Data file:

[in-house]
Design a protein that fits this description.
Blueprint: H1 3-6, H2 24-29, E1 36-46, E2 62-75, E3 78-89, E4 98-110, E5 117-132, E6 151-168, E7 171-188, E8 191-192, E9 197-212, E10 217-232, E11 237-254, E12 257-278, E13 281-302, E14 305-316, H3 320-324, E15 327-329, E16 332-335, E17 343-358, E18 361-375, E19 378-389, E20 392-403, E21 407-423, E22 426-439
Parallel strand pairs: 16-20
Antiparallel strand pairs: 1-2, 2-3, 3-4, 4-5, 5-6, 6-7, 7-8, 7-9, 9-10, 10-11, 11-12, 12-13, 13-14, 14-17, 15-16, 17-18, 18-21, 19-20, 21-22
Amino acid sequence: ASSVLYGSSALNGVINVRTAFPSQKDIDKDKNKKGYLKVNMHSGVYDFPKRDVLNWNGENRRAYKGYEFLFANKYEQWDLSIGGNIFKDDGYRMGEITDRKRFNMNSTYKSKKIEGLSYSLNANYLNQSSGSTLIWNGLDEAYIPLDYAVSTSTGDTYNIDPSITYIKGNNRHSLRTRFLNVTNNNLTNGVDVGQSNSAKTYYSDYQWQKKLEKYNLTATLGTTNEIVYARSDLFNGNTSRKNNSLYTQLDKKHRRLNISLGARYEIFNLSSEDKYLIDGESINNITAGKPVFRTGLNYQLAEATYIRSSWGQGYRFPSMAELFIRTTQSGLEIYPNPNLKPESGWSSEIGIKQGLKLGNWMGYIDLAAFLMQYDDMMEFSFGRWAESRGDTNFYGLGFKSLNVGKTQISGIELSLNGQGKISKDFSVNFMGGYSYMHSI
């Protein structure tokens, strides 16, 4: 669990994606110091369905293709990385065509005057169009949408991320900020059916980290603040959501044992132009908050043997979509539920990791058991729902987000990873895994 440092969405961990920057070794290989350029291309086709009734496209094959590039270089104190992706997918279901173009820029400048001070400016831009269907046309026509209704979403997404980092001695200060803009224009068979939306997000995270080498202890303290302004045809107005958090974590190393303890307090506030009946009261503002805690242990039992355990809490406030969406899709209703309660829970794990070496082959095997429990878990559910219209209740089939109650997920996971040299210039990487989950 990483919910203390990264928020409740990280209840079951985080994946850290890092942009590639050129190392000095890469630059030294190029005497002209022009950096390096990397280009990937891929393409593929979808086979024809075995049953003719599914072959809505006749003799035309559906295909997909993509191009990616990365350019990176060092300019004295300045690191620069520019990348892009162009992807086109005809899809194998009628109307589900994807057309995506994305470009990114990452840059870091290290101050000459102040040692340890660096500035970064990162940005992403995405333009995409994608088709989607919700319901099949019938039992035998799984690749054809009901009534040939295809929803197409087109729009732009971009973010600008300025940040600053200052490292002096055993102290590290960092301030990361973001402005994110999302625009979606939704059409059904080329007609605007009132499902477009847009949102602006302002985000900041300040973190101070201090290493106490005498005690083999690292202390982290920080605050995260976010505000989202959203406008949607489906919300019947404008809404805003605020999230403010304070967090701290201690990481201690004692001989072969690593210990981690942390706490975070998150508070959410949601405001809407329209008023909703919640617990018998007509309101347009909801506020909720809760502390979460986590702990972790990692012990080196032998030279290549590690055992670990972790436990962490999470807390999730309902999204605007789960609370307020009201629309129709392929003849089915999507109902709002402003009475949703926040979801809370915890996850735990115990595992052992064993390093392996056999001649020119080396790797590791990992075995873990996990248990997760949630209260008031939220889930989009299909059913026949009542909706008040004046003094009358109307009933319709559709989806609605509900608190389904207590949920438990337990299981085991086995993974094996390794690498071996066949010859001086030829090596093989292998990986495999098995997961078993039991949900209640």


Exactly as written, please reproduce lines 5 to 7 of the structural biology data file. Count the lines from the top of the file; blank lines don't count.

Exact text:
Antiparallel strand pairs: 1-2, 2-3, 3-4, 4-5, 5-6, 6-7, 7-8, 7-9, 9-10, 10-11, 11-12, 12-13, 13-14, 14-17, 15-16, 17-18, 18-21, 19-20, 21-22
Amino acid sequence: ASSVLYGSSALNGVINVRTAFPSQKDIDKDKNKKGYLKVNMHSGVYDFPKRDVLNWNGENRRAYKGYEFLFANKYEQWDLSIGGNIFKDDGYRMGEITDRKRFNMNSTYKSKKIEGLSYSLNANYLNQSSGSTLIWNGLDEAYIPLDYAVSTSTGDTYNIDPSITYIKGNNRHSLRTRFLNVTNNNLTNGVDVGQSNSAKTYYSDYQWQKKLEKYNLTATLGTTNEIVYARSDLFNGNTSRKNNSLYTQLDKKHRRLNISLGARYEIFNLSSEDKYLIDGESINNITAGKPVFRTGLNYQLAEATYIRSSWGQGYRFPSMAELFIRTTQSGLEIYPNPNLKPESGWSSEIGIKQGLKLGNWMGYIDLAAFLMQYDDMMEFSFGRWAESRGDTNFYGLGFKSLNVGKTQISGIELSLNGQGKISKDFSVNFMGGYSYMHSI
């Protein structure tokens, strides 16, 4: 669990994606110091369905293709990385065509005057169009949408991320900020059916980290603040959501044992132009908050043997979509539920990791058991729902987000990873895994 440092969405961990920057070794290989350029291309086709009734496209094959590039270089104190992706997918279901173009820029400048001070400016831009269907046309026509209704979403997404980092001695200060803009224009068979939306997000995270080498202890303290302004045809107005958090974590190393303890307090506030009946009261503002805690242990039992355990809490406030969406899709209703309660829970794990070496082959095997429990878990559910219209209740089939109650997920996971040299210039990487989950 990483919910203390990264928020409740990280209840079951985080994946850290890092942009590639050129190392000095890469630059030294190029005497002209022009950096390096990397280009990937891929393409593929979808086979024809075995049953003719599914072959809505006749003799035309559906295909997909993509191009990616990365350019990176060092300019004295300045690191620069520019990348892009162009992807086109005809899809194998009628109307589900994807057309995506994305470009990114990452840059870091290290101050000459102040040692340890660096500035970064990162940005992403995405333009995409994608088709989607919700319901099949019938039992035998799984690749054809009901009534040939295809929803197409087109729009732009971009973010600008300025940040600053200052490292002096055993102290590290960092301030990361973001402005994110999302625009979606939704059409059904080329007609605007009132499902477009847009949102602006302002985000900041300040973190101070201090290493106490005498005690083999690292202390982290920080605050995260976010505000989202959203406008949607489906919300019947404008809404805003605020999230403010304070967090701290201690990481201690004692001989072969690593210990981690942390706490975070998150508070959410949601405001809407329209008023909703919640617990018998007509309101347009909801506020909720809760502390979460986590702990972790990692012990080196032998030279290549590690055992670990972790436990962490999470807390999730309902999204605007789960609370307020009201629309129709392929003849089915999507109902709002402003009475949703926040979801809370915890996850735990115990595992052992064993390093392996056999001649020119080396790797590791990992075995873990996990248990997760949630209260008031939220889930989009299909059913026949009542909706008040004046003094009358109307009933319709559709989806609605509900608190389904207590949920438990337990299981085991086995993974094996390794690498071996066949010859001086030829090596093989292998990986495999098995997961078993039991949900209640």